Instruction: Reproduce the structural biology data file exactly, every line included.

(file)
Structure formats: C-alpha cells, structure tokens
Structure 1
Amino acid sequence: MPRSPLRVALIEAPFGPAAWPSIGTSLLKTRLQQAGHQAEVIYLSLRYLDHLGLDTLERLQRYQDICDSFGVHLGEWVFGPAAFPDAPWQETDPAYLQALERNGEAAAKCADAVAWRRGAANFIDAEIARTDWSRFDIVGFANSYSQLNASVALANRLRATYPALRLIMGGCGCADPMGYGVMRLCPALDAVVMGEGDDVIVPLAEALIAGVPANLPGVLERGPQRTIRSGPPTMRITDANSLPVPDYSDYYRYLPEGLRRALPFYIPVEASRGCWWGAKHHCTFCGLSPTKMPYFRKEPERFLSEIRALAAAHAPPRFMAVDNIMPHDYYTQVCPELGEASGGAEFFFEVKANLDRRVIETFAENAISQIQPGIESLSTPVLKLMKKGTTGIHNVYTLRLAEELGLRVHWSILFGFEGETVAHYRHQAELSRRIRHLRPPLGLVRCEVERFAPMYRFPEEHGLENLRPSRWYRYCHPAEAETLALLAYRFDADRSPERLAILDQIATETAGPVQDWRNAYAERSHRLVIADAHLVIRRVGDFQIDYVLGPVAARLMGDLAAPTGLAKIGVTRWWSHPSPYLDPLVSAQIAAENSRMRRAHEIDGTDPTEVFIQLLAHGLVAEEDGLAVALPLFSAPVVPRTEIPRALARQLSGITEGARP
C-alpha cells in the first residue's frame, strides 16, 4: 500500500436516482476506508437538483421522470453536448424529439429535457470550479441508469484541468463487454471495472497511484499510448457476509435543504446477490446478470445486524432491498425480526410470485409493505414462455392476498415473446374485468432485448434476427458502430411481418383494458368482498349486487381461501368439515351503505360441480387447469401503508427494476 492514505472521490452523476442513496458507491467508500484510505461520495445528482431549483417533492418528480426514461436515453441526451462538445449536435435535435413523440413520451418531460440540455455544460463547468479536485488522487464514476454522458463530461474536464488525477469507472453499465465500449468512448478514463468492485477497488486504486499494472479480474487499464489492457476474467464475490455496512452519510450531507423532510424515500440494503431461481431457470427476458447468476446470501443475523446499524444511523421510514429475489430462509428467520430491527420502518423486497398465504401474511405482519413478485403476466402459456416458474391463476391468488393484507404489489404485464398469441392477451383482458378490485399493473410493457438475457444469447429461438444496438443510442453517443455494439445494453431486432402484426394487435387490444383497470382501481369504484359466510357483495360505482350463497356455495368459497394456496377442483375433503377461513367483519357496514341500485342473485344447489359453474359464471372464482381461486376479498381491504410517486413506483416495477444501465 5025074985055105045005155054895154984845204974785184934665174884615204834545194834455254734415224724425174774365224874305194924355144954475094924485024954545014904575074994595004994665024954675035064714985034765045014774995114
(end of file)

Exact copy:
Structure formats: C-alpha cells, structure tokens
Structure 1
Amino acid sequence: MPRSPLRVALIEAPFGPAAWPSIGTSLLKTRLQQAGHQAEVIYLSLRYLDHLGLDTLERLQRYQDICDSFGVHLGEWVFGPAAFPDAPWQETDPAYLQALERNGEAAAKCADAVAWRRGAANFIDAEIARTDWSRFDIVGFANSYSQLNASVALANRLRATYPALRLIMGGCGCADPMGYGVMRLCPALDAVVMGEGDDVIVPLAEALIAGVPANLPGVLERGPQRTIRSGPPTMRITDANSLPVPDYSDYYRYLPEGLRRALPFYIPVEASRGCWWGAKHHCTFCGLSPTKMPYFRKEPERFLSEIRALAAAHAPPRFMAVDNIMPHDYYTQVCPELGEASGGAEFFFEVKANLDRRVIETFAENAISQIQPGIESLSTPVLKLMKKGTTGIHNVYTLRLAEELGLRVHWSILFGFEGETVAHYRHQAELSRRIRHLRPPLGLVRCEVERFAPMYRFPEEHGLENLRPSRWYRYCHPAEAETLALLAYRFDADRSPERLAILDQIATETAGPVQDWRNAYAERSHRLVIADAHLVIRRVGDFQIDYVLGPVAARLMGDLAAPTGLAKIGVTRWWSHPSPYLDPLVSAQIAAENSRMRRAHEIDGTDPTEVFIQLLAHGLVAEEDGLAVALPLFSAPVVPRTEIPRALARQLSGITEGARP
C-alpha cells in the first residue's frame, strides 16, 4: 500500500436516482476506508437538483421522470453536448424529439429535457470550479441508469484541468463487454471495472497511484499510448457476509435543504446477490446478470445486524432491498425480526410470485409493505414462455392476498415473446374485468432485448434476427458502430411481418383494458368482498349486487381461501368439515351503505360441480387447469401503508427494476 492514505472521490452523476442513496458507491467508500484510505461520495445528482431549483417533492418528480426514461436515453441526451462538445449536435435535435413523440413520451418531460440540455455544460463547468479536485488522487464514476454522458463530461474536464488525477469507472453499465465500449468512448478514463468492485477497488486504486499494472479480474487499464489492457476474467464475490455496512452519510450531507423532510424515500440494503431461481431457470427476458447468476446470501443475523446499524444511523421510514429475489430462509428467520430491527420502518423486497398465504401474511405482519413478485403476466402459456416458474391463476391468488393484507404489489404485464398469441392477451383482458378490485399493473410493457438475457444469447429461438444496438443510442453517443455494439445494453431486432402484426394487435387490444383497470382501481369504484359466510357483495360505482350463497356455495368459497394456496377442483375433503377461513367483519357496514341500485342473485344447489359453474359464471372464482381461486376479498381491504410517486413506483416495477444501465 5025074985055105045005155054895154984845204974785184934665174884615204834545194834455254734415224724425174774365224874305194924355144954475094924485024954545014904575074994595004994665024954675035064714985034765045014774995114